On protecting data while enabling innovation: 6 highlights from MPs' rigorous debate on PDPA amendments

Many cited the recent data breaches that involved 1.1 million RedMart users and 2.8 million Eatigo users. ST PHOTO: GAVIN FOO

SINGAPORE - MPs raised a host of concerns during the debate on changes to the Personal Data Protection Act (PDPA) on Monday (Nov 2), centring on how to strike a balance between protecting consumers' personal data and enabling the innovative use of such data by businesses.

Many cited the recent data breaches that involved 1.1 million RedMart users and 2.8 million Eatigo users. Here are some of the key points highlighted.

1. Consent

The revised PDPA expands the list of legitimate interests when using personal data for which companies either do not need to seek consent or are deemed to have obtained consent.

Ms Jessica Tan (East Coast GRC), Mr Louis Chua (Sengkang GRC) and Ms Tin Pei Ling (MacPherson) were among those who were worried if these new exceptions would erode consumer protection and trust.

"There must be measures to ensure that individuals fully understand that they are deemed to have given their consent for the use of their personal data," said Ms Tan. "At the end of the day, what's important is consumer trust."

In response, Communications and Information Minister S. Iswaran pointed to how consumers can opt out at any time if they want to. He added that to qualify for these exception, organisations must also do a risk assessment and be satisfied the overall benefits outweigh any adverse effects to consumers.

2. Erasure

Mr Desmond Choo (Tampines GRC) and Mr Leon Perera (Aljunied GRC) asked if a right to erasure could be included, allowing consumers to request that companies delete their personal data.

"Such an obligation (to delete data on request) seems to me to be not overly onerous on businesses," Mr Perera said, noting the right to erasure is provided for in the European Union's General Data Protection Regulation (GDPR).

Mr Iswaran noted the PDPA now allows consumers to ask companies to stop collecting, using or disclosing their personal data, and the Personal Data Protection Commission (PDPC) can also direct companies to destroy data collected in contravention of the law.

"So, we have the provisions. They are not identical to the right of erasure, but they give a substantially similar effect," he added.

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3. 'Do not call' provision

Ms Tin Pei Ling asked if the fact that contraventions of Do Not Call (DNC) provisions under the PDPA will now be dealt with as civil, instead of criminal, proceedings in court could be perceived as a "step down" and diminish the importance of personal data protection.

Mr Iswaran said that, on the contrary, enforcement of DNC contraventions would be more effective under a civil administrative regime. "DNC infringements typically stem from commercial motives. Hence, directions and financial penalties are more effective in addressing poor practices by depriving offenders of financial gains," he added.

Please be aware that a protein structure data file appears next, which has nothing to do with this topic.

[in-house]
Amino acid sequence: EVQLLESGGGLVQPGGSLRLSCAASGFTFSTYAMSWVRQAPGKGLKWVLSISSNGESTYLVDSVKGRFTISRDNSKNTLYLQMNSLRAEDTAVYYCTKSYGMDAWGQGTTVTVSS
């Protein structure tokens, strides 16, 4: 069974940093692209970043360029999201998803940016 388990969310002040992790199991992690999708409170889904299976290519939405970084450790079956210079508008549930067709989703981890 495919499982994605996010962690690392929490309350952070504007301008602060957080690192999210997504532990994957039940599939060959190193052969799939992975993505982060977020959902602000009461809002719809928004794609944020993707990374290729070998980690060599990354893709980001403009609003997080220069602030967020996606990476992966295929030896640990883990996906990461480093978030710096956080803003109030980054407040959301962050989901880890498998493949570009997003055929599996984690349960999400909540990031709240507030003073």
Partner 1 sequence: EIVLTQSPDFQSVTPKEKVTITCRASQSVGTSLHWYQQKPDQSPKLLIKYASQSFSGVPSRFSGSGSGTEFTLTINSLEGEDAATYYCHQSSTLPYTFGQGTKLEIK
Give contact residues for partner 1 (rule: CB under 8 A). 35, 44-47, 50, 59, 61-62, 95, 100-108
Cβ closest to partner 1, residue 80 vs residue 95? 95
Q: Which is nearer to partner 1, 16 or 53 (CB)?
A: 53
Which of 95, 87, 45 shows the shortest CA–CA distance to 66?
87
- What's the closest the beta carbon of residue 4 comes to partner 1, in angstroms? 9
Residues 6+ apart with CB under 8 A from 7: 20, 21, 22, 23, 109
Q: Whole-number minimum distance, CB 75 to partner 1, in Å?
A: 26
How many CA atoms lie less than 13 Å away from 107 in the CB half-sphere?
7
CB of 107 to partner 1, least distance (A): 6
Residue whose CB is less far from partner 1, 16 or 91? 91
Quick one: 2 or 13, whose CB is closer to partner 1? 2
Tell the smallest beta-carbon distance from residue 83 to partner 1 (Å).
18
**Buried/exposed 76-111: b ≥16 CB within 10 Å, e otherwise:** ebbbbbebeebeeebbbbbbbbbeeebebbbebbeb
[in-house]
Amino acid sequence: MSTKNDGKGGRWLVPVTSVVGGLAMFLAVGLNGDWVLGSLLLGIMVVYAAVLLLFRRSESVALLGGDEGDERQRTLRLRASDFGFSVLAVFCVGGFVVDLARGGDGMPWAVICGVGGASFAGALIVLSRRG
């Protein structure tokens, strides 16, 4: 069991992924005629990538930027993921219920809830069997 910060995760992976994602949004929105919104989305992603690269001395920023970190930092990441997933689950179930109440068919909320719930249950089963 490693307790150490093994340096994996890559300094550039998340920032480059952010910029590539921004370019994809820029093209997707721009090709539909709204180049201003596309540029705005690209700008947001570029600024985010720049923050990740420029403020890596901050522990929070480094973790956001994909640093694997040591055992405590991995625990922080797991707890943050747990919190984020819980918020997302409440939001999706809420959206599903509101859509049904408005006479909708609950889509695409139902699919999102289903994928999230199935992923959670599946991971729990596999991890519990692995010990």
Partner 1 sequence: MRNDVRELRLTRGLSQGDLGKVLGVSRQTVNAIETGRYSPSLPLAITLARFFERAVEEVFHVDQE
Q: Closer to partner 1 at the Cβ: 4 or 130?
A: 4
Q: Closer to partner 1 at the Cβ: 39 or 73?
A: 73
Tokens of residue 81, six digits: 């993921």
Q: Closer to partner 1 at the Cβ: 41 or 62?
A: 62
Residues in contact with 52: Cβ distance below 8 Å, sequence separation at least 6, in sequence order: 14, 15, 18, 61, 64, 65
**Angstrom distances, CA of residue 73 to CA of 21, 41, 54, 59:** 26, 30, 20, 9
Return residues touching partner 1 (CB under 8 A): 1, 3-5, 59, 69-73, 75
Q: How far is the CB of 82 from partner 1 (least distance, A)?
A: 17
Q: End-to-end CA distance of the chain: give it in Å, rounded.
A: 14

4. Data breach threshold

Mr Shawn Huang (Jurong GRC) asked what constitutes a data breach of significant scale or harm under the revised PDPA, for which mandatory notification is needed.

Mr Iswaran said the threshold for a data breach of significant scale is 500 individuals, and cited that examples of significant harm would be identity theft or fraud from the leakage of full names or confidential financial information.

Ms Joan Pereira (Tanjong Pagar GRC) suggested that it be made mandatory for companies to notify the PDPC of all data breaches, and to subject companies to a clear deadline for informing individuals.

Mr Iswaran said: "Such a threshold for notification is important, but we also have to take into account the compliance costs on organisations... So we have not set a fixed time frame."

5. Exclusions

Mr Patrick Tay (Pioneer) asked Mr Iswaran to elaborate on the removal of exclusion for private organisations acting on behalf of the Government, putting such organisations under the PDPA ambit.

Mr Iswaran replied: "This makes it clear that the PDPA applies to all private organisations.

"Currently, the exclusion... has created a situation where the Government can only hold (such agents) to account by contracts or laws like the Official Secrets Act, (and this) can undermine security as they may handle large and sensitive volumes of personal data."

6. Public sector data

Senior Minister of State for Communications and Information Janil Puthucheary and Mr Gerald Giam (Aljunied GRC) crossed swords on the subject of data security standards in the public and private sectors.

The PDPA does not apply to public sector agencies, which are instead subject to a different set of laws under the Public Sector (Governance) Act.

Mr Giam called for the Government to hold itself to the same level of data privacy standards, procedures and accountability that it expects of private sector companies.

In response, Dr Janil said the separation of the public and private sector data protection regimes in Singapore remains relevant.

"It remains necessary for us to keep achieving the outcomes that we want to achieve in terms of good policy, responsiveness to citizens, operating as one government," he said.

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